People v. Daily, 41 Ill. 2d 116 (1968)

Nov. 22, 1968 · Illinois Supreme Court · No. 39944
41 Ill. 2d 116

(No. 39944.

The People of the State of Illinois, Appellee, vs. Robert D. Daily, Appellant.

Opinion filed November 22, 1968.

*117Robert D. Daily, of Peoria. (Jack A. Brunnenmeyer, of counsel,) for appellant.

Robert E. Manning, Jr., State’s Attorney, of Peoria, (Jay H. Janssen, Assistant State’s Attorney, of counsel,) for the People.

Mr. Justice Ward

delivered the opinion of the court:

On October 12, 1965, the appellant, Robert D. Daily, in the circuit court of Peoria County was charged in a two-count indictment with rape and indecent liberties with a 12-year-old girl. He was found guilty by a jury and was given a sentence of not less than 20 years nor more than 30 years. On his appeal to this court it is contended that the charge was not proved beyond a reasonable doubt; that a purported confession of the defendant was improperly admitted into evidence; that the trial court erred in instructing the jury and that the court coerced the jury into returning a verdict.

On the morning of September 21, 1965, the victim left her home in Peoria for school. While walking on War Memorial Drive she passed a station wagon which was *118parked in the driveway of a water pumping station. The word “studio” was lettered on the side and back of the wagon and there was a hole in the back window which resembled a bullet hole. After walking beyond the vehicle she noticed a man following her. The man came behind her, placed one hand over her mouth and an arm on her shoulder and pulled her from the sidewalk. He partially covered her face with a cloth, dragged her a short distance and raped her. The child immediately ran to school and reported the crime to her principal. She was taken to Methodist Hospital in Peoria, where a medical examination confirmed the rape.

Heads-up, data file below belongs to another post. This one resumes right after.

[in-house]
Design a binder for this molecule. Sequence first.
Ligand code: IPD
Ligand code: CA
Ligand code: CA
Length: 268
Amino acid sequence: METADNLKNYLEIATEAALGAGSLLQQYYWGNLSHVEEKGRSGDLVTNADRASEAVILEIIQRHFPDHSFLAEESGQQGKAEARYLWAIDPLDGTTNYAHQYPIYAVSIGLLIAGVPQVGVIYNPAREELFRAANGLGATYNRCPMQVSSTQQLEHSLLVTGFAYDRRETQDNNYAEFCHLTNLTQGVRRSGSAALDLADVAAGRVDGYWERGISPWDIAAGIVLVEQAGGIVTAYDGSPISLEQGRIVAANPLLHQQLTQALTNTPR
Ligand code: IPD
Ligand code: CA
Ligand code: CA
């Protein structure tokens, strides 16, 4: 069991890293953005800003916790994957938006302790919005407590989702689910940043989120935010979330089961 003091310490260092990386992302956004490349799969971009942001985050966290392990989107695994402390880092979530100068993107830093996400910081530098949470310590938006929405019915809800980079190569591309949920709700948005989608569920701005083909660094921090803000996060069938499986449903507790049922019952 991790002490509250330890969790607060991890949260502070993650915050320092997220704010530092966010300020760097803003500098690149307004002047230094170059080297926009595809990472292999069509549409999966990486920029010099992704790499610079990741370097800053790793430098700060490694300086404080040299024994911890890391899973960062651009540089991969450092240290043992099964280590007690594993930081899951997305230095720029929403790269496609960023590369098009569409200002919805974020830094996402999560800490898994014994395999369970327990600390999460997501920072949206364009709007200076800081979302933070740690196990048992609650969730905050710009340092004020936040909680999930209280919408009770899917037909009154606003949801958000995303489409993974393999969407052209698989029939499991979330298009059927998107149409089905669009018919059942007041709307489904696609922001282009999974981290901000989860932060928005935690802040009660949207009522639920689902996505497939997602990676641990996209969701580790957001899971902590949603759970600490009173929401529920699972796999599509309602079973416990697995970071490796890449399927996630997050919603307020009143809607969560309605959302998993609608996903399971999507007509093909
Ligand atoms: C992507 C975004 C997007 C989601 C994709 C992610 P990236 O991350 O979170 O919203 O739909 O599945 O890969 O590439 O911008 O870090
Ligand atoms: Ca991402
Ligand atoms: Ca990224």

Later, the appellant, a parolee having previously been convicted of burglary, phoned his parole officer. He told him that he had heard of the crime on television and that the police were looking for a station wagon bearing the word “studio” that had been reported on War Memorial Drive on September 21, 1965. Daily informed the officer that he had been there on that date and desired to clear up the matter and explain the presence of his wagon in the area. When he testified at the trial he stated that his station wagon had stalled on Memorial Drive as he was returning home from a roofing company where he was employed.

The appellant voluntarily appeared at the police station and was subsequently placed under arrest. He was identified by the prosecutrix in a lineup with four other men as the rapist and she repeated her identification at the trial. William Marks, an eighth grade student, also identified the defendant in a lineup and at the trial as the man he had seen on War Memorial Drive on the morning of the crime. He had also seen a vehicle meeting the description of the appellant’s wagon at that time. After being interrogated intermittently for several hours the appellant signed a statement admitting that he had taken indecent liberties with the child but he did not admit the rape.